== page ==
This true autobiography is complete at 93,000 words with an attached appendix of a short play written and performed by me in 1999. I trust this story will appeal to your interest in LGBT narratives. My manuscript is available, in part or full, upon request. Thanks for your time and consideration.


This is a little long. Removing the red words will get it closer to a good length.

It's standard to summarize the story in present tense. No reason not to here.

Perhaps it's my ignorance of transgenderness, but if Paula's assigned sex was male, why was she having a childhood typical of most girls before she went to the school where she realized she was a boy?  

I'm not clear on what this sentence means: As provider in the image of her father, she went on to have two more children in the traditional homemaker image of her mother. Maybe it would be simpler to say: After two devastating relationships with men, she discovered the love of another woman, with whom she "fathered" two children. (I'm assuming she didn't give birth to the two children, as it was previously stated she was never going to be pregnant.)

If you haven't already, check out Manuscript Wish List. A lot of agents and editors are hungry for LGBT.


Mister Furkles said...

It's a book I'd never read: nobody murdered, no horses, no magic. Recognizing that, it may be a story many would like to read. Even so, the query makes it seem boring.

The purpose of the query is to make the agent or editor to want to read pages. So, spice up the description more. Give the reader a reason to want to know about Paula and to care about her dilemma.

It reads more like a synopsis than a query. Even an autobiography is a story.

St0n3henge said...

I agree. There's a story here, but the words are obscuring it more than bringing it out.
Start with EE's suggested edits to make it more clear. Then, re-post and we'll see what else it needs.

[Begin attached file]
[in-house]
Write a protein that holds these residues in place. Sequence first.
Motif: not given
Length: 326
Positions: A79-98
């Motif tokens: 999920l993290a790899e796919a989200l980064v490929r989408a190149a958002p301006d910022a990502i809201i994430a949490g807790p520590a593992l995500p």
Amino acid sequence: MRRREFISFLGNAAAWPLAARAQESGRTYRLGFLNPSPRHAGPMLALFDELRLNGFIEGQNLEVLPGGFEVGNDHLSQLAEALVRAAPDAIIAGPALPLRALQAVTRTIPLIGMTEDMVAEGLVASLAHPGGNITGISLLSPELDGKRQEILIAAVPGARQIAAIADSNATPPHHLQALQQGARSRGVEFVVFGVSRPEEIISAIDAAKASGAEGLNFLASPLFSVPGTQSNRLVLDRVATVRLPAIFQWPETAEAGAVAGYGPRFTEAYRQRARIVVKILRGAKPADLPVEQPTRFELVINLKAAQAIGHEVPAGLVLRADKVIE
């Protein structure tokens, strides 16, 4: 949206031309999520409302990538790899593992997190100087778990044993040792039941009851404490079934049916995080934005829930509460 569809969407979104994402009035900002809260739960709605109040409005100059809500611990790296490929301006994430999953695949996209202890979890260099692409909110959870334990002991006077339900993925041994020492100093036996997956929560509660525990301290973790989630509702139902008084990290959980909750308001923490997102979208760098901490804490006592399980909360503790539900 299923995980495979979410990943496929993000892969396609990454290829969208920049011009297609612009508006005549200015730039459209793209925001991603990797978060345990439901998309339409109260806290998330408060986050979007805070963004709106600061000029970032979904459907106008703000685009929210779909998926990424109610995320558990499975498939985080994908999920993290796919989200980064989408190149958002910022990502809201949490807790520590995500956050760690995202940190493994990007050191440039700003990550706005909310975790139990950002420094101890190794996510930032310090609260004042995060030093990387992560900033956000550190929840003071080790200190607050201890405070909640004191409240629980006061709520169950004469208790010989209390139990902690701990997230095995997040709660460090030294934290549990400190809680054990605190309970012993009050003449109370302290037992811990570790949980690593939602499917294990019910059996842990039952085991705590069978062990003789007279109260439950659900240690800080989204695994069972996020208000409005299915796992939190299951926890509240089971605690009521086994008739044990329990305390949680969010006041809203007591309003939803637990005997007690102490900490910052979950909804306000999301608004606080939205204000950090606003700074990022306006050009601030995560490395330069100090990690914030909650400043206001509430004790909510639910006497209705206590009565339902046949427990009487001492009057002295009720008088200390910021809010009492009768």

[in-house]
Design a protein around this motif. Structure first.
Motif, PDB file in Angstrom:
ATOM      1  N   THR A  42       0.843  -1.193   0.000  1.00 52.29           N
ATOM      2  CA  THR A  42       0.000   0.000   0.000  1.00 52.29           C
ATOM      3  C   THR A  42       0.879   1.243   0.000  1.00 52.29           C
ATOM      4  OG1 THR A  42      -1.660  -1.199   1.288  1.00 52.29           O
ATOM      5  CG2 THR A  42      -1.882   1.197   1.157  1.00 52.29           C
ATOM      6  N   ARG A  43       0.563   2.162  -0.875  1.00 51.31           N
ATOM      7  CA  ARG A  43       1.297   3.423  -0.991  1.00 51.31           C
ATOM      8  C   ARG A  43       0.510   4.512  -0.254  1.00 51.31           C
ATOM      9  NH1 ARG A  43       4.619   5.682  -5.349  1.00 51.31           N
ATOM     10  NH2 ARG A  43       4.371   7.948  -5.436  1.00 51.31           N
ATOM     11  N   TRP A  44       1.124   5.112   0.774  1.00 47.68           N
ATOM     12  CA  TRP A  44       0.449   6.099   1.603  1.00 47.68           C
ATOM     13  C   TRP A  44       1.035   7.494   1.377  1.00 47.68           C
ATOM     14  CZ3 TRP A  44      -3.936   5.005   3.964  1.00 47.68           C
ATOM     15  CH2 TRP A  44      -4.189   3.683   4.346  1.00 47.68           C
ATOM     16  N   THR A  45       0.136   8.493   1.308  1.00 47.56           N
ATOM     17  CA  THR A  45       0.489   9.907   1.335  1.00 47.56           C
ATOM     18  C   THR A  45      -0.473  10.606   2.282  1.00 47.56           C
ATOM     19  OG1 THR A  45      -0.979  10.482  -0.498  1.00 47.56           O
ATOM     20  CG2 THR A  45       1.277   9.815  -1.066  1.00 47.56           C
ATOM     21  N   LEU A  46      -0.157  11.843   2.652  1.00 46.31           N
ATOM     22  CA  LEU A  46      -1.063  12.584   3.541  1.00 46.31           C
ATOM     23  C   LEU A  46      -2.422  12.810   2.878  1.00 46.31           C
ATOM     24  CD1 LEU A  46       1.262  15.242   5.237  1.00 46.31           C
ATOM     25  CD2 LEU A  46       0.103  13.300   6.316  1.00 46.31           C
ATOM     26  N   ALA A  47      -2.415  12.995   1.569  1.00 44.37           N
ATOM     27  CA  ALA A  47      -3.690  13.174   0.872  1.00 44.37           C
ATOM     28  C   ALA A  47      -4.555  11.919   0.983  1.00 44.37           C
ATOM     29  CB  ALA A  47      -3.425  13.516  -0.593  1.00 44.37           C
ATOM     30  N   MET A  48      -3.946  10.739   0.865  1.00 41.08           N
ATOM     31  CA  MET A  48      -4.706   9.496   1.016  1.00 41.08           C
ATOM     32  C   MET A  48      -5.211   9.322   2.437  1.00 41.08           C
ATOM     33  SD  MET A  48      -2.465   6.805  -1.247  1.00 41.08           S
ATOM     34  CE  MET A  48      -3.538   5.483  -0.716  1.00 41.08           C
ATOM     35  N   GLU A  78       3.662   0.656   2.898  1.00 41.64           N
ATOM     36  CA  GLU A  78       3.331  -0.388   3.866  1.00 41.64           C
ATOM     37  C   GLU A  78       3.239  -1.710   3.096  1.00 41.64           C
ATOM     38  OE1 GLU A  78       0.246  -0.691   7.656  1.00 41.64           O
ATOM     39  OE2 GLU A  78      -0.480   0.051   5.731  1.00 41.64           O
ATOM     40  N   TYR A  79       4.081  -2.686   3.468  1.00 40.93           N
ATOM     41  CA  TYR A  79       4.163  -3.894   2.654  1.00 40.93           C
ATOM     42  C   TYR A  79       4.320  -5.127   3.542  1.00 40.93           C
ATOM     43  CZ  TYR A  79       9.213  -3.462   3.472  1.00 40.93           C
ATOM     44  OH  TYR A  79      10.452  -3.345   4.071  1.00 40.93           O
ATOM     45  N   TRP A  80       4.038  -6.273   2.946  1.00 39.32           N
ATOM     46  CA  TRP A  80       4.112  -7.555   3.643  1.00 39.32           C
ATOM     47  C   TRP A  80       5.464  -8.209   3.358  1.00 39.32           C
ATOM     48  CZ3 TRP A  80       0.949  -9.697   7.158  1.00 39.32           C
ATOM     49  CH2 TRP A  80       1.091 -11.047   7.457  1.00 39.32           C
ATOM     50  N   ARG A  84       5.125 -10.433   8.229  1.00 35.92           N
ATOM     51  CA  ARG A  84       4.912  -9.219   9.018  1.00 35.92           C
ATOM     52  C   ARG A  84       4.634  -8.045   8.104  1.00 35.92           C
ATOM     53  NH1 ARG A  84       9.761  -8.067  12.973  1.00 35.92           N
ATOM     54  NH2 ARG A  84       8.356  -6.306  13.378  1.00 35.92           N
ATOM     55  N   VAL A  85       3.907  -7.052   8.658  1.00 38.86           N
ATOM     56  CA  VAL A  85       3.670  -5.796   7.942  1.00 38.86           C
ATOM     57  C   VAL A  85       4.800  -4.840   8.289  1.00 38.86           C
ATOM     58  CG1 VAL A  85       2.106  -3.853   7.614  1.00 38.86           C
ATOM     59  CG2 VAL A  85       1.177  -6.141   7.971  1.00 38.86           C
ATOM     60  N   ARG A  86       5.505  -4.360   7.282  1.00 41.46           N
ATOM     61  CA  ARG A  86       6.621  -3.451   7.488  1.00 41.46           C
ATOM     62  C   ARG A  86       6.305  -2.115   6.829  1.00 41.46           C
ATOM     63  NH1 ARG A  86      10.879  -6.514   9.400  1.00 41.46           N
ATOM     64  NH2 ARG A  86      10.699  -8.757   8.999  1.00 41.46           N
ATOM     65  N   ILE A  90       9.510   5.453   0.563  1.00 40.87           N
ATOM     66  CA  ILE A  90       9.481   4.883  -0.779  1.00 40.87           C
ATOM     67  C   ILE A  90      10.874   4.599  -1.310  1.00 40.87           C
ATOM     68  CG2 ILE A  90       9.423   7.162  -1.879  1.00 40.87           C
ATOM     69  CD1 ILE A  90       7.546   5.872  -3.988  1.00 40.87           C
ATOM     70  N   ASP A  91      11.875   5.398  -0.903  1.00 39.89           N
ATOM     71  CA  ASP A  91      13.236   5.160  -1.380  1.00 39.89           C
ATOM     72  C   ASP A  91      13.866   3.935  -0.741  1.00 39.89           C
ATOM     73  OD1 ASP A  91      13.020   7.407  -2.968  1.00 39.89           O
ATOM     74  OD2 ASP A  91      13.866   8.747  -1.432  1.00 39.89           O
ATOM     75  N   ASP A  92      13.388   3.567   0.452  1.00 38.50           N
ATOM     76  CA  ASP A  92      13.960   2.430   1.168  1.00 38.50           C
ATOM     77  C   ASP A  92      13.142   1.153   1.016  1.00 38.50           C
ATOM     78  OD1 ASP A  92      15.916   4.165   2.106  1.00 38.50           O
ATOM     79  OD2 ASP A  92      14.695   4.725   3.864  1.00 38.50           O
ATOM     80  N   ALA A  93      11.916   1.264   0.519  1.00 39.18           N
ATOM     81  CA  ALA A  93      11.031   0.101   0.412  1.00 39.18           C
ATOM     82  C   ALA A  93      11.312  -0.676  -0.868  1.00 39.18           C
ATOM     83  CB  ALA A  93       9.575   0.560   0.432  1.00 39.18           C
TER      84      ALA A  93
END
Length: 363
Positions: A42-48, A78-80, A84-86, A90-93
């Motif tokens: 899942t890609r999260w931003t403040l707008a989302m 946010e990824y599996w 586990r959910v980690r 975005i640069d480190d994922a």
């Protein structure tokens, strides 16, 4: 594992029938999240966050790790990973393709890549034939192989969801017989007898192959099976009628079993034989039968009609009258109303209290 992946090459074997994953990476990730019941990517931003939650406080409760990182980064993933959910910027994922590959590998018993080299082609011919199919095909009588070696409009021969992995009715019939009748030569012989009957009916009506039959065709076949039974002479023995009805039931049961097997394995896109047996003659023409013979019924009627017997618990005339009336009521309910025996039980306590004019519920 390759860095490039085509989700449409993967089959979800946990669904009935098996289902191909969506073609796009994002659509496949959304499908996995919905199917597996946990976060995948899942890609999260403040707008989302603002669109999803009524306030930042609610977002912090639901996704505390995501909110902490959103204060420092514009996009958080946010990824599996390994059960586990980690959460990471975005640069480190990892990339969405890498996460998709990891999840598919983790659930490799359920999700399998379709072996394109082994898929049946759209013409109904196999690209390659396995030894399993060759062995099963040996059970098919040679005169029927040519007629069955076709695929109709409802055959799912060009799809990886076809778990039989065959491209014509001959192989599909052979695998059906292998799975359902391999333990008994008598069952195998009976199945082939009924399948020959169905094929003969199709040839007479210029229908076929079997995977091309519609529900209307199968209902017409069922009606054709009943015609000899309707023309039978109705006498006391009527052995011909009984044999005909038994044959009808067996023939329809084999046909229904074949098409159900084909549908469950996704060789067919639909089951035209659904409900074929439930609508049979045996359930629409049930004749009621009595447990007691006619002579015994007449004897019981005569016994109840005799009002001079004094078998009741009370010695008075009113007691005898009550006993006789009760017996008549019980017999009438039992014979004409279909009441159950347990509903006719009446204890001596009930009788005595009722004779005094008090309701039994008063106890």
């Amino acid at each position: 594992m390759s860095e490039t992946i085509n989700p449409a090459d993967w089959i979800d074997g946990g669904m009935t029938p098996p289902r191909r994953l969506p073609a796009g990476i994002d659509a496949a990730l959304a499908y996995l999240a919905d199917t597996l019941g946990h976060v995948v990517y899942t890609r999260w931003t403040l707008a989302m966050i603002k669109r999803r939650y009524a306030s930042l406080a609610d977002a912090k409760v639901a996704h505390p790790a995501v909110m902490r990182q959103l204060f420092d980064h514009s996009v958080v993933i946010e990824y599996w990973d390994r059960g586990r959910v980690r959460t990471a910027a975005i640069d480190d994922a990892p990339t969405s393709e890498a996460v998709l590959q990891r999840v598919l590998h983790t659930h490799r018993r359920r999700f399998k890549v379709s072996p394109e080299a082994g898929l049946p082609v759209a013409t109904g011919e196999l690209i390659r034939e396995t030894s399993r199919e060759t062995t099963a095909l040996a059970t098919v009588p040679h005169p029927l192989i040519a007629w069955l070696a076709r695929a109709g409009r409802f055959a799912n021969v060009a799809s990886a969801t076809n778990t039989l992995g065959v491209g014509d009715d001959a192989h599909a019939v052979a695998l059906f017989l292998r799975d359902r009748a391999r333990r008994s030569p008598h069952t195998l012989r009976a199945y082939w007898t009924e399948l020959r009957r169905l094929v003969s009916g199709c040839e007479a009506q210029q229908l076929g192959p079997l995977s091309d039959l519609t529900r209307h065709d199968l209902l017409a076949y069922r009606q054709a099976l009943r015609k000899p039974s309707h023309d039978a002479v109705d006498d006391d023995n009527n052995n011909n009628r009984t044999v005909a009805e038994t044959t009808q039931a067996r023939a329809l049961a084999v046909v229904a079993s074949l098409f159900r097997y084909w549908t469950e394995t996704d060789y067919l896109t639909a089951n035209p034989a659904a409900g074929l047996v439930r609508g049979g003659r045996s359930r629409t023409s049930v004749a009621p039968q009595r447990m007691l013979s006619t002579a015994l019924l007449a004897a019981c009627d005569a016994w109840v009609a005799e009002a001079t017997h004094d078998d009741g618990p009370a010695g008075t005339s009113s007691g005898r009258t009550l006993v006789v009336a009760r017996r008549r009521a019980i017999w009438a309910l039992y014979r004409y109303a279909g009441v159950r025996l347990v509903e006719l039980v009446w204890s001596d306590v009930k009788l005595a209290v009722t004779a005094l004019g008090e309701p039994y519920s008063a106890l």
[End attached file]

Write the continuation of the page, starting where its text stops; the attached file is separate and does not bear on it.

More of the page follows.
AMY said...

Sorry, this sounds like the classic After School Special - preachy and ready to Enlighten me. Nah, I just want to read a good story. This sounds boring as heck. What does this character DO, other than obsess about gender?

davefragments said...

The only transgender people I know have (from very early ages) known that they are the "other" sex from what their bodies are.

The one I witnessed go through Gender Reassignment Surgery told people that from the age of three or four he considered himself a girl and because his body was masculine, he tried to become that man. He was a married with children, a cave-diver, a marine, did lots of hyper-masculine things, but at some point, he ceased to believe that his gender matched his body. Last time I saw her, she was a quite attractive lady.
And for those out there with no personal experience, no person is happier than the person who transitioned to become wheat their minds always said they were and their bodies did not agree. It's a success like nothing I've seen with heterosexual people.

If this is about a dystopia or some alternate society where babies are assigned gender regardless of the genital equipment then i can see how that works in your story.
If this is set in the USA where some parents raised a boy as a girl for 7 or 8 years (or more, possibly) and then sent the child to school without having given the child some coping mechanism for that opposite gender years, then I'm not quite sure how this query describes that.